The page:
Fernando Meirelles, the Academy Award-nominated director of City of God, succeeds in a new vision of cinematic excellence. Ralph Fiennes and Rachel Weisz star as Justin and Tessa Quayle in Meirelles’ thriller, The Constant Gardener. Tessa is an activist working in North Kenya fighting for the underprivileged. Her murder and the dubious circumstances surrounding it, incite Justin on a quest to discover the truth. We learn that international interests are covertly testing dangerous tuberculosis drugs on sick Africans. As Marcus Lorbeer, played by Pete Postlethwaite tells Justin, “the pharmaceutical companies are as bad as the arms dealers.”
Based on the fictitious novel by John le Carre, The Constant Gardener is a gripping drama that searches to uncover the conspiracy behind the death of a diplomat’s wife. The critically-acclaimed Brazilian-born director uses similar subject matter in both his previous and current work which addresses issues of the underprivileged. The title comes from Sir Bernard Pellegrin when he says, “Some very nasty things can be found under rocks, especially in foreign gardens.” Justin finds out that Diprexa is the drug distributed to “dispensable” people in order to save money in R&D by drug companies. Corporate greed and murder paint a grizzly, yet insightful picture of current conglomerate ethics.
Meirelles uses lots of shallow focus, a love scene montage and nonlinear order to tell the story. The film is replete with stylistic touches. At a moment of tension, a mechanical hum rises sharply to dramatize the event. In the scene following Tessa’s death, Meirelles cleverly tints the scene a melancholy blue. The film is shot by Cesar Charlone, the Academy Award-nominated director of photography from City of God. Charlone’s shots include handheld, kinetic and expressive cinematography. Meirelles artfully manipulates the medium, such as in a creative transition when Justin is riding in a car. Justin’s car drives in real time while the background dissolves for ellipses of time. This juxtaposition of opposites (foreground in continuity, and background dissolves) pays homage to Jean Cocteau’s Orpheus (1946).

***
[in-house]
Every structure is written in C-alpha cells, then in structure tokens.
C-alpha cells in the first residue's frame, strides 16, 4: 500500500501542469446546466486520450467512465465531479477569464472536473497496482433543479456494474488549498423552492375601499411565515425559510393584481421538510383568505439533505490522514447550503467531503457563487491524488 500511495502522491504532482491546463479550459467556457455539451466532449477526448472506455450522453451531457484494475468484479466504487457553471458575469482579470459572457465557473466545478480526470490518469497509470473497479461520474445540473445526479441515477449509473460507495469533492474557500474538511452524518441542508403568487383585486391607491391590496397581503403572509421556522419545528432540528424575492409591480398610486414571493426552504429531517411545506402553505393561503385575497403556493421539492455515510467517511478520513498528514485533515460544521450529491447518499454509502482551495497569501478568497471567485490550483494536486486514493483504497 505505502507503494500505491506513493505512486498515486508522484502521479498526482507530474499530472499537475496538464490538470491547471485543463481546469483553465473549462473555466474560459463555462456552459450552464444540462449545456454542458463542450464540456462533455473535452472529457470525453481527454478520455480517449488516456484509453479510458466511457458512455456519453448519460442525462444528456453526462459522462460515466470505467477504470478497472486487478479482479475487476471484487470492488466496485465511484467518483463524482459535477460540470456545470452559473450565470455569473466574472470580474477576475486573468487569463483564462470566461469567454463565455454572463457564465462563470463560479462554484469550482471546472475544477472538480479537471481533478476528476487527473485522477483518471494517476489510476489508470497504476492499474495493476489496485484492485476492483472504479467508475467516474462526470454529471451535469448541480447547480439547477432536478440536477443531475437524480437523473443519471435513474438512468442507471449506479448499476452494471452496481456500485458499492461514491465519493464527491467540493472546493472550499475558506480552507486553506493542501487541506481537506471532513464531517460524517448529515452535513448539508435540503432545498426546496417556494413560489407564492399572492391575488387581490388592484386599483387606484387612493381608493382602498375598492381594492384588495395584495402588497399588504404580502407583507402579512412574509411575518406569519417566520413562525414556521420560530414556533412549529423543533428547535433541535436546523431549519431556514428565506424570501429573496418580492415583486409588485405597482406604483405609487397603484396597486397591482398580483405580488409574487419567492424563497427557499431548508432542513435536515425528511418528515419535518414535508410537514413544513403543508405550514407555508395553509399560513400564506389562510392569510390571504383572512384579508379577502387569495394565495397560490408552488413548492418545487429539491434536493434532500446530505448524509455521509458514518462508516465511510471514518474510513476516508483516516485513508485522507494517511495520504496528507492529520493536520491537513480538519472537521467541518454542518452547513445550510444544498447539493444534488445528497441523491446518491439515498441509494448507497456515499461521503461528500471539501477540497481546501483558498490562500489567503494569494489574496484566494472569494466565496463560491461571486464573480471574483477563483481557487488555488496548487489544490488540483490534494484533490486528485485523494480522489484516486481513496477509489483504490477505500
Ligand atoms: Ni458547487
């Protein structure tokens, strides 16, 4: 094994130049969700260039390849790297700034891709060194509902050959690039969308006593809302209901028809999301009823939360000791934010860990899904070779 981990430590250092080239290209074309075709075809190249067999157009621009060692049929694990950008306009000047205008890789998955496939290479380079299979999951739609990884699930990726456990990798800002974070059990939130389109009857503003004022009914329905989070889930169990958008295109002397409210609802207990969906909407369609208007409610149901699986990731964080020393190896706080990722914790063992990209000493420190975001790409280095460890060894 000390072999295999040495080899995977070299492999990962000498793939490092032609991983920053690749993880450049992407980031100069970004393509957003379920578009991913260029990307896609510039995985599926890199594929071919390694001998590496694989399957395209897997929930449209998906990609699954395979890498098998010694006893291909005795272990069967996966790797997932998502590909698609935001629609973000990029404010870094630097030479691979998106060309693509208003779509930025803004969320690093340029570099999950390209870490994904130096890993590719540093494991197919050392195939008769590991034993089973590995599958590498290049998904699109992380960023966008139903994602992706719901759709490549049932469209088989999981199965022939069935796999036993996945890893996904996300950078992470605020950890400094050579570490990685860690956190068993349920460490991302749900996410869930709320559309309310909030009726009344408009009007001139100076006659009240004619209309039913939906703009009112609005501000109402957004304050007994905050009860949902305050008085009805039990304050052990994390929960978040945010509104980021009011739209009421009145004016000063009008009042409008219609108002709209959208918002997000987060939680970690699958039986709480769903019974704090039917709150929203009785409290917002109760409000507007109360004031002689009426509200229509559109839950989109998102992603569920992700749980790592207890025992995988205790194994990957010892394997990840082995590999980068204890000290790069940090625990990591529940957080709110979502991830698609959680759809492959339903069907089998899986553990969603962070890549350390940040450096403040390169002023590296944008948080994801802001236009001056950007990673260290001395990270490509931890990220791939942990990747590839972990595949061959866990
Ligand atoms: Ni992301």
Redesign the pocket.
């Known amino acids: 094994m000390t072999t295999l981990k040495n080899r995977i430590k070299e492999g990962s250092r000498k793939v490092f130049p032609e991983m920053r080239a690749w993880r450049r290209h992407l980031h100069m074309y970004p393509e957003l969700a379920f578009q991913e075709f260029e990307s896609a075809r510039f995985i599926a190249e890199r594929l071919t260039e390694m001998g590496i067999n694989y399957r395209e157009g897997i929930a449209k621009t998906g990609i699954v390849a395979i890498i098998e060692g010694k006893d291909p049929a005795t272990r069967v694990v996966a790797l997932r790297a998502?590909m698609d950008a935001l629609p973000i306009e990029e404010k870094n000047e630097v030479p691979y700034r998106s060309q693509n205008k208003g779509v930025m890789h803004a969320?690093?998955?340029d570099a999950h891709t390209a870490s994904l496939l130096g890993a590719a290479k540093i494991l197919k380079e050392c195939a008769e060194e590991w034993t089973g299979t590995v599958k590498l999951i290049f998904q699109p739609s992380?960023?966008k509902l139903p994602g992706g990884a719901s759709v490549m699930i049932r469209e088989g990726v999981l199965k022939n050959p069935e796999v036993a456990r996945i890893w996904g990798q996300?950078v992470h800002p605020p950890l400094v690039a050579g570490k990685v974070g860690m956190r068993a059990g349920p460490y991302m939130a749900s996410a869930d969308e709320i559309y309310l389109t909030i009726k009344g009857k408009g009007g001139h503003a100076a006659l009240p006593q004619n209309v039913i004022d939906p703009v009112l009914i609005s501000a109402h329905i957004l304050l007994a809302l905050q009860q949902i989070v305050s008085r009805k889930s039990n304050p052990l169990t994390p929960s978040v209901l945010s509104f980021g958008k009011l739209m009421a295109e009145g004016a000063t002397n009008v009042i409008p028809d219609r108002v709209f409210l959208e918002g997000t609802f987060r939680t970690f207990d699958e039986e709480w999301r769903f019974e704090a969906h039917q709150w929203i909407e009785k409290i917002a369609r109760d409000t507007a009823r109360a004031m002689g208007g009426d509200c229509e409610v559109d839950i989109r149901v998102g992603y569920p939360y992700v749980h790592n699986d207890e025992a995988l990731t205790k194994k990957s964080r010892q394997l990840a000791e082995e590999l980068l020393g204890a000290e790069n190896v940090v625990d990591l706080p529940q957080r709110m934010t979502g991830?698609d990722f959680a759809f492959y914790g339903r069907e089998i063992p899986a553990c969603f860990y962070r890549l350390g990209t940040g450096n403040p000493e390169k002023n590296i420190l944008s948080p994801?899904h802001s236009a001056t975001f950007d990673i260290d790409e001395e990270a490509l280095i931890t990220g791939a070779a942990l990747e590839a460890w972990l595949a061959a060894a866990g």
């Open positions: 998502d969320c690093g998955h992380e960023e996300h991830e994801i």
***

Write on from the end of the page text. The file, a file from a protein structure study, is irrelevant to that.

The odyssey to uncover the forces behind the insidious testing of Diprexa takes us on an emotional rollercoaster. At times it is humorous. An official somehow related to the conspiracy tells Justin, “For a diplomat, you’re a bad liar,” to which he responds, “I haven’t risen far.” At other times, the film is iconoclastic and forlorn. In a heartbreaking scene where a child is left behind on a plane taking off to escape from marauding bandits, Lorbeer says, “That’s the way it is in Africa.” Meirelles uses the love story between Justin and Tessa, and her death as the inciting incident in the film. Moving on and grappling with loss are intertwined thematic elements.
What makes the film so moving, however, is its relevant social commentary. One can’t help but think about the slavery, poverty, violence and disease which for centuries have afflicted the continent that gave birth to the human race. The Constant Gardener exposes how industrialized Western nations are scheming to profit from those wrongs. The implicit meaning of the film is clear. Mankind has an obligation to save and protect Africa.
John Funk can be reached at email@example.com.